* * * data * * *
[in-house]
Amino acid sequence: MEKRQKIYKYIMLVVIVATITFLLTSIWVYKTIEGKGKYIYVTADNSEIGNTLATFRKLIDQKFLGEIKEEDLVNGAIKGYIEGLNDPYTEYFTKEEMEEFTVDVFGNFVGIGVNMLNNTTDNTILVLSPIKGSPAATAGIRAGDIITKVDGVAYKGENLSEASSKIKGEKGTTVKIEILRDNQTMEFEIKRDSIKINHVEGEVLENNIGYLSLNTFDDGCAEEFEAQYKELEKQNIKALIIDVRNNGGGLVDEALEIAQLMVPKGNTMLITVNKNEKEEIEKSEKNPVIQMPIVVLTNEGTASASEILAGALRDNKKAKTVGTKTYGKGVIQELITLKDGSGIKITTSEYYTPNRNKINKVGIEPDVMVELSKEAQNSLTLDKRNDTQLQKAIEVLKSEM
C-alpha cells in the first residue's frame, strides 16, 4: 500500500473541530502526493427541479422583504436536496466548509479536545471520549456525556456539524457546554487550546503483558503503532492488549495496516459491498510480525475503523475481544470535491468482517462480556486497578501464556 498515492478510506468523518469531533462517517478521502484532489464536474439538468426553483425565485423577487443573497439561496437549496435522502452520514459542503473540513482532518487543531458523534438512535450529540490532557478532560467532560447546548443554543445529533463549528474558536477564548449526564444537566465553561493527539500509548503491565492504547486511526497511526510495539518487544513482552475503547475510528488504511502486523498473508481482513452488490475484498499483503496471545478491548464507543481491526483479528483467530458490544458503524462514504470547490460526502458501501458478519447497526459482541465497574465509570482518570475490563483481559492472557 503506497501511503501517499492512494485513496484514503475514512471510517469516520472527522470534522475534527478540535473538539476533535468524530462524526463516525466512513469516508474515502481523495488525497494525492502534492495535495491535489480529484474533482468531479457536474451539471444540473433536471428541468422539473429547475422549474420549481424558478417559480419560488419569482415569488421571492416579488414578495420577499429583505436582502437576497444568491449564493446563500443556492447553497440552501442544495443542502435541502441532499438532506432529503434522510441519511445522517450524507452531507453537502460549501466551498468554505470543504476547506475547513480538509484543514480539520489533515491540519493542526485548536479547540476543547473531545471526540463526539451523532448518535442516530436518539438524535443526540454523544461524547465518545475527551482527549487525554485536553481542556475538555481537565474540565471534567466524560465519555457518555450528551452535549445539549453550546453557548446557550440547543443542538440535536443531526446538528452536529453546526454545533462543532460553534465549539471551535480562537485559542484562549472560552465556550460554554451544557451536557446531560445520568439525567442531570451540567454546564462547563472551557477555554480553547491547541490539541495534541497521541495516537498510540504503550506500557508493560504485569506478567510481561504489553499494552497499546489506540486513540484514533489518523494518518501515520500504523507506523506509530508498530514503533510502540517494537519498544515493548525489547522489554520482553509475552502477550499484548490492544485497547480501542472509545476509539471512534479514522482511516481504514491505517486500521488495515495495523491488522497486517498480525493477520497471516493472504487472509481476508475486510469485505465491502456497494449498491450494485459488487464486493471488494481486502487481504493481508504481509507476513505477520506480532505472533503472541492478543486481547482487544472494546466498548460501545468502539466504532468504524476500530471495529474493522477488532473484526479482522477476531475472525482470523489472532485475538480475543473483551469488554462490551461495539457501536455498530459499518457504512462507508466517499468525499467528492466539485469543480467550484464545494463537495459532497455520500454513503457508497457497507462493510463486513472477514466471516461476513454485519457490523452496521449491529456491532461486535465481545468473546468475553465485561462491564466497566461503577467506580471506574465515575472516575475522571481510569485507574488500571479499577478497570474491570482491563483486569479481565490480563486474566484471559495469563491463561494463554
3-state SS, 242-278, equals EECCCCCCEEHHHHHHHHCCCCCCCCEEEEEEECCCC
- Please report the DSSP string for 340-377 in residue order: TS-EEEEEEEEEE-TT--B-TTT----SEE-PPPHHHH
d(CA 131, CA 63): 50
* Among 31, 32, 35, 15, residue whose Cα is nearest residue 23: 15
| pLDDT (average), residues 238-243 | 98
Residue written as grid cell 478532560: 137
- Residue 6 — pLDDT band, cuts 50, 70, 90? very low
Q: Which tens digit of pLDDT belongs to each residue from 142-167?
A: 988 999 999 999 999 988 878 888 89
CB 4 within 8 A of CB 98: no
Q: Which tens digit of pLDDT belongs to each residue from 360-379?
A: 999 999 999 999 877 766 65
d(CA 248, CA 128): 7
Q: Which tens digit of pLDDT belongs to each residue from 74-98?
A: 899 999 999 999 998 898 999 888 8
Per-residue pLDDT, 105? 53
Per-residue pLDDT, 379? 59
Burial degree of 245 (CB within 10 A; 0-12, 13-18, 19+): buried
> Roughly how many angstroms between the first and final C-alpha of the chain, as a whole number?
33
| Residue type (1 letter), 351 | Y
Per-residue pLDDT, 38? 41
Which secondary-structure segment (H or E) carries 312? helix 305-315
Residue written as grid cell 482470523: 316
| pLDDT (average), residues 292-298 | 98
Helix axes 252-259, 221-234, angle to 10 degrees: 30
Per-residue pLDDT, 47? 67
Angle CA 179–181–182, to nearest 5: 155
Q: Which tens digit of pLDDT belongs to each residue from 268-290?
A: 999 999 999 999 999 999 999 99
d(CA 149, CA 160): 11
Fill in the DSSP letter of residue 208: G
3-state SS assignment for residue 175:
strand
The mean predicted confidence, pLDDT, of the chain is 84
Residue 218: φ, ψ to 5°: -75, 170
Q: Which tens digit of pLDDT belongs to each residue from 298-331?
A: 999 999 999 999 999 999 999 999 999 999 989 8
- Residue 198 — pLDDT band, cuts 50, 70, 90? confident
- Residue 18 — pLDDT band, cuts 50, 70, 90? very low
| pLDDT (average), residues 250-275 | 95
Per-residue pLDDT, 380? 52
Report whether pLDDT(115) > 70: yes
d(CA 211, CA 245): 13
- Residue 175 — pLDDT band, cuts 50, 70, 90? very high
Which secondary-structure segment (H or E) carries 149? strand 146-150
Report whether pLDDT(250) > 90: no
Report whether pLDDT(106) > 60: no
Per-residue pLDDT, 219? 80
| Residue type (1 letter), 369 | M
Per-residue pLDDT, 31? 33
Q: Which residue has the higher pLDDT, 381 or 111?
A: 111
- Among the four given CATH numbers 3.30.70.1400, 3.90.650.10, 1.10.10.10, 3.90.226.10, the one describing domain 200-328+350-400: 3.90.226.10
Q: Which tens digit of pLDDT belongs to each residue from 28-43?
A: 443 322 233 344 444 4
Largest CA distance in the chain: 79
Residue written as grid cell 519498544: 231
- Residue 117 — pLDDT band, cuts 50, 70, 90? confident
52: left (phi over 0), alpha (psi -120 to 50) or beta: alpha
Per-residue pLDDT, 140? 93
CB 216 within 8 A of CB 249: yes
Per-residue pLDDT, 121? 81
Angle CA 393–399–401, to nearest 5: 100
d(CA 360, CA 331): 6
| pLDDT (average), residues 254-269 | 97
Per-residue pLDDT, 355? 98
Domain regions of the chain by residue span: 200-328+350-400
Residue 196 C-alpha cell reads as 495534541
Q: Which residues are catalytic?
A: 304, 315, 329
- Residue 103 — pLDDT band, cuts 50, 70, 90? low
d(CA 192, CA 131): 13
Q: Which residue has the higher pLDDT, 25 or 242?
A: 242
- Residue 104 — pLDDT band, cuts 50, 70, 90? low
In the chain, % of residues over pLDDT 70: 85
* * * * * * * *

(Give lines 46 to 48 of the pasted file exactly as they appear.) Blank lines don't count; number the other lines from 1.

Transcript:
Report whether pLDDT(115) > 70: yes
d(CA 211, CA 245): 13
- Residue 175 — pLDDT band, cuts 50, 70, 90? very high